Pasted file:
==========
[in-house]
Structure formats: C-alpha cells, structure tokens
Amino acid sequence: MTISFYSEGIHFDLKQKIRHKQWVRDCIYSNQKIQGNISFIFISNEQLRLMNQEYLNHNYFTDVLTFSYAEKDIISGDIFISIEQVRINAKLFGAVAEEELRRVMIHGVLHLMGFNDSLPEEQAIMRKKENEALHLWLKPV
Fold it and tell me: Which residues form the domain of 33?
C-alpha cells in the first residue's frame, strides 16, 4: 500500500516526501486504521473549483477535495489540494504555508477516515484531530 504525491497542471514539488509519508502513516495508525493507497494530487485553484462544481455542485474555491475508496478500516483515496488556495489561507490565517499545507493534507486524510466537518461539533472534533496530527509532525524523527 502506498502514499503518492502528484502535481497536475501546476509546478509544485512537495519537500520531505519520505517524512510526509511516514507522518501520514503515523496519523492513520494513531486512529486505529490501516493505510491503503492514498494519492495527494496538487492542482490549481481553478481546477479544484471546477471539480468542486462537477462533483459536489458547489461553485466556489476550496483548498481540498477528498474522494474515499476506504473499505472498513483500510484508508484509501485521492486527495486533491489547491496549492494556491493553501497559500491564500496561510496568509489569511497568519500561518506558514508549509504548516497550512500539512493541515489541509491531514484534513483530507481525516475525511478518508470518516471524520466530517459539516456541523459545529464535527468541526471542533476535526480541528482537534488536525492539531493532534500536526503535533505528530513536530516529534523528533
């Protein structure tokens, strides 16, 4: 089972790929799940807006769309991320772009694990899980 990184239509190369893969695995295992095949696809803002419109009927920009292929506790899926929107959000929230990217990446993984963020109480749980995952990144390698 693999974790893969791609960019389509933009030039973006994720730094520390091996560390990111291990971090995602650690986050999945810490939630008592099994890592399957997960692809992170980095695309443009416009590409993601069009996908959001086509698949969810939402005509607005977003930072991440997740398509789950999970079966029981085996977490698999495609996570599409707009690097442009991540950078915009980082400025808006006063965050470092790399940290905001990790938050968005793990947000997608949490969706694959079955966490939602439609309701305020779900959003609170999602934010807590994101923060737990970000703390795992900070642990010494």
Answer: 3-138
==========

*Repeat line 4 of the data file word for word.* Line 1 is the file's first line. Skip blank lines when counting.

Fold it and tell me: Which residues form the domain of 33?